Follow-Up Schedule.

All patients were followed up every 2 weeks for the first 4 weeks, every 4 weeks thereafter until week 52, then every 8 weeks up to 104 weeks, and every 16 weeks until 5 years. Serum taken during every follow-up was stored at −20°C.

HBV DNA Measurements.

The serum at 13 times, including the baseline, weeks 2, 4, 8, 12, 16, 24, and 32, and years 1, 2, 3, 4, and 5, was thawed to measure the HBV DNA levels (962 samples for the HBV DNA measurements in all). These were measured with a branched DNA assay (Versant HBV DNA 3.0 assay, Bayer HealthCare Diagnostic Division, Tarrytown, NY), with a lower limit of detection of 2000 copies/mL (400 IU/mL). Samples in which the HBV DNA levels exceeded the upper limit of the linear range were diluted 100,000-fold for a second measurement.

Detection of Reverse Transcriptase Gene Mutations, HBV Genotypes, and Core Promoter/Precore Mutations.

The presence of YMDD mutations was determined at the baseline and at yearly intervals until year 5 with a Trugene HBV genotyping assay kit (Bayer HealthCare Diagnostic Division) according to the methodology described.10 This assay was also capable of detecting other mutations that commonly occur in the reverse transcriptase gene reported in other nucleoside/nucleotide analogues. These included rt A181T/V and N236T for adefovir dipivoxil, rt T184G, S202I, and M205G for entecavir, and rt A194T for tenofovir disoproxil fumarate. In addition to the detection of these mutations over these times, the possibility of the earlier emergence of these mutations was examined by direct sequencing at the 2 best times, that is, weeks 4 and 16 (see the Results section), and at week 24. Briefly, the primers used for the amplification of the reverse transcriptase gene were HBV224s (5′-AGAATCCTCACAATACCGCAG-3′) and HBV1020a (5′-AGCAAAACCCAAAAGACCCA-3′), the 796–base pair amplicon of which covered the reverse transcriptase codons 32-297. The sequence analysis was performed with an ABI-Prism BigDye terminator kit and an ABI-Prism 3700 DNA analyzer (Applied Biosystems, Foster City, CA).

HBV genotypes were determined at the baseline with the same Trugene HBV genotyping kit already described. The core promoter and precore mutations were detected by an Innogenetics line probe (INNO-LiPA HBV precore assay, Innogenetics, Ghent, Belgium). The methodology is described in our previous article.11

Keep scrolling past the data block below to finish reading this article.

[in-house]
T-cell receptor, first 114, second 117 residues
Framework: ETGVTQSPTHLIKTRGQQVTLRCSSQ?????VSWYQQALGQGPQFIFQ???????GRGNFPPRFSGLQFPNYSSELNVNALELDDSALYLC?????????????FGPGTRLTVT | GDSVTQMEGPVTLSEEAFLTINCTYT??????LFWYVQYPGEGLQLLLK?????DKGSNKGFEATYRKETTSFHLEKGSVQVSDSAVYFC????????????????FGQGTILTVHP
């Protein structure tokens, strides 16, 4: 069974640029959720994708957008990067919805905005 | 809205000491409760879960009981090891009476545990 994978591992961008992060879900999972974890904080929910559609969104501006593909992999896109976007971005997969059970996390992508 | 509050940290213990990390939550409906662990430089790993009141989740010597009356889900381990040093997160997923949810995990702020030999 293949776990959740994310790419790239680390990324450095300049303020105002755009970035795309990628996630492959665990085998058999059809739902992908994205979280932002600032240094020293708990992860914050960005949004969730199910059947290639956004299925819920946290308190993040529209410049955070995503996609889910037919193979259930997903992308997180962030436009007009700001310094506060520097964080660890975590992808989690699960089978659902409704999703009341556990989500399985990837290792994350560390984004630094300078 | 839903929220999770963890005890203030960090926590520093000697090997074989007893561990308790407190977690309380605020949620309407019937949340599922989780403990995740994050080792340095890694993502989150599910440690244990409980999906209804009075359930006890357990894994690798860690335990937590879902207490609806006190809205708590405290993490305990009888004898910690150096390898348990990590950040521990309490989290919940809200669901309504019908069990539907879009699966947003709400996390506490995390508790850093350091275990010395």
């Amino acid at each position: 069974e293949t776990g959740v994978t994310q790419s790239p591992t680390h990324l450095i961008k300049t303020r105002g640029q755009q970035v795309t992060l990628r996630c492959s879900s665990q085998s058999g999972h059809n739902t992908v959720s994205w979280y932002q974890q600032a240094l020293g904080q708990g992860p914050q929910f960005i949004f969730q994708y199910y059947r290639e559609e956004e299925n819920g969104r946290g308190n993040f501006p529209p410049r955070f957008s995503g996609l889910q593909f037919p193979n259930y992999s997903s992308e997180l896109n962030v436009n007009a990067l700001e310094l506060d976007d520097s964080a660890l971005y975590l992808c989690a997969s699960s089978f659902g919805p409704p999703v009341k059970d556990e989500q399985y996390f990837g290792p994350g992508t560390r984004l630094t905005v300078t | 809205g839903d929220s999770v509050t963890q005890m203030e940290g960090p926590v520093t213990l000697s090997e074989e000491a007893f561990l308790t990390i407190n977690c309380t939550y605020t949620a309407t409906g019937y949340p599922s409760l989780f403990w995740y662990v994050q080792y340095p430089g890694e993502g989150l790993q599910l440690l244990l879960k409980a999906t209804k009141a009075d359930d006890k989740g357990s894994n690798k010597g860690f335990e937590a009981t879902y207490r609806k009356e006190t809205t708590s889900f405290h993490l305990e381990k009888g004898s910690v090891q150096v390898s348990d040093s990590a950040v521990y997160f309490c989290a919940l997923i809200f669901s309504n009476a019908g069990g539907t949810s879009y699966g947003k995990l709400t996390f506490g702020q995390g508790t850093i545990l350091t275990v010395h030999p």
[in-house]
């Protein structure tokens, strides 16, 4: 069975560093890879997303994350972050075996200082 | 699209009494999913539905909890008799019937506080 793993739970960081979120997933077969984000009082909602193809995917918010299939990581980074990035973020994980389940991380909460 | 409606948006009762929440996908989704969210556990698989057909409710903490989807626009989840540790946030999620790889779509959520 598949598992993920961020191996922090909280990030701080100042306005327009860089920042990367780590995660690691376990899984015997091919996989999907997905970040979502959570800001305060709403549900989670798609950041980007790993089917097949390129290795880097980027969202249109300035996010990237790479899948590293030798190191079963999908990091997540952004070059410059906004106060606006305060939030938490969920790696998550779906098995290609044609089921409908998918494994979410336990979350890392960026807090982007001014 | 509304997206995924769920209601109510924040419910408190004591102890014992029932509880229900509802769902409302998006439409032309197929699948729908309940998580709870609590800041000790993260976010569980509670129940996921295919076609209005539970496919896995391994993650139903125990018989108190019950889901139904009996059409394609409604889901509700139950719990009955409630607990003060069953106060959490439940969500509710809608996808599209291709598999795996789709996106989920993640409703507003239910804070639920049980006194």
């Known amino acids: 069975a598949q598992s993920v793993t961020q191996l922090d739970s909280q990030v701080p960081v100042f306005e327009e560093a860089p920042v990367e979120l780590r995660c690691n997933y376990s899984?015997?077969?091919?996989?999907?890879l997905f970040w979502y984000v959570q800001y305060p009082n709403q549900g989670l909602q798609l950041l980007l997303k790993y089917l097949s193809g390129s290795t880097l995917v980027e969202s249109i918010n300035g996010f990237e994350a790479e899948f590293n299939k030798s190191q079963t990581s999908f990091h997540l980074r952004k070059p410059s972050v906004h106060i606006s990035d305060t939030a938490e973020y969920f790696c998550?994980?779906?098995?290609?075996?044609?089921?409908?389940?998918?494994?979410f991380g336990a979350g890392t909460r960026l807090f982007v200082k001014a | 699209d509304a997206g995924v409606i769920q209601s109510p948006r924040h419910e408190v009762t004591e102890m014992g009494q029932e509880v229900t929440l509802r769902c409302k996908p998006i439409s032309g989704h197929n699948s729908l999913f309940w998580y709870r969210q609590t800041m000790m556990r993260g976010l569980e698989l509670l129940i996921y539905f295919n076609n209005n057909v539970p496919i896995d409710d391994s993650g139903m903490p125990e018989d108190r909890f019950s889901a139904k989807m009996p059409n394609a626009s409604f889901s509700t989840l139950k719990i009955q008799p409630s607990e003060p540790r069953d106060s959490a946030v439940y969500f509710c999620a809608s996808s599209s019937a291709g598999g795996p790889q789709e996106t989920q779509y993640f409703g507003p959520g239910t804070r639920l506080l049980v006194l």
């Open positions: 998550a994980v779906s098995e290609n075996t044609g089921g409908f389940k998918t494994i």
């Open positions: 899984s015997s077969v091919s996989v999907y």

Liver Biochemistry and HBV Serology.

The liver biochemistry was determined during every follow-up. HBV serological markers, including HBsAg, the antibody to HBsAg, HBeAg, and the antibody to hepatitis B e antigen (anti-HBe), were determined every 3 months by a microparticle enzyme immunoassay (Abbott Laboratories, Chicago, IL). The HBeAg seroconversion was defined as the loss of HBeAg with the development of anti-HBe on at least 2 consecutive follow-ups and without subsequent HBeAg seroreversion up to 5 years of follow-up.

Definition of the Treatment Response at Year 5.

Patients with an ideal response are defined as those who had HBV DNA levels of less than 2000 copies/mL (400 IU/mL) for at least 2 consecutive years until the end of 5 years of follow-up with HBeAg seroconversion, with normalization of ALT levels, and without YMDD mutations. Patients with treatment failure are defined as those who had HBV DNA levels greater than 105 copies/mL (20,000 IU/mL) and who remained HBeAg-positive with abnormal ALT levels after 5 years of treatment. Patients with laboratory and serologic parameters outside the ideal-response and treatment-failure criteria are regarded as having an intermediate response.

Statistical Analysis.

The demographics of patients with and without ideal responses were compared by the Mann-Whitney U test for continuous data and Fisher's exact test for dichotomous data. The predictions of ideal responses by HBV DNA taken at various time epochs were first examined by the construction of the corresponding receiver operating characteristic (ROC) curves, with the overall accuracy assessed by the areas under the curves (AUCs). Then, for each time epoch, an optimal cutoff HBV DNA level (log10 copies/mL) for the prediction of the ideal response was obtained by the maximization of 2 indices over all possible HBV DNA levels: (1) the Youden index, which is defined as the sensitivity plus the specificity minus 1, and (2) the predictive value (PV) index, which is defined as the positive predictive value plus the negative predictive value minus 1. The maximum value attained was called the optimal value. The Youden index was first proposed by Youden12 for the simultaneous maximization of sensitivity and specificity when accuracy is of higher concern. The PV index was constructed similarly on the basis of predictive values when utility is of higher concern.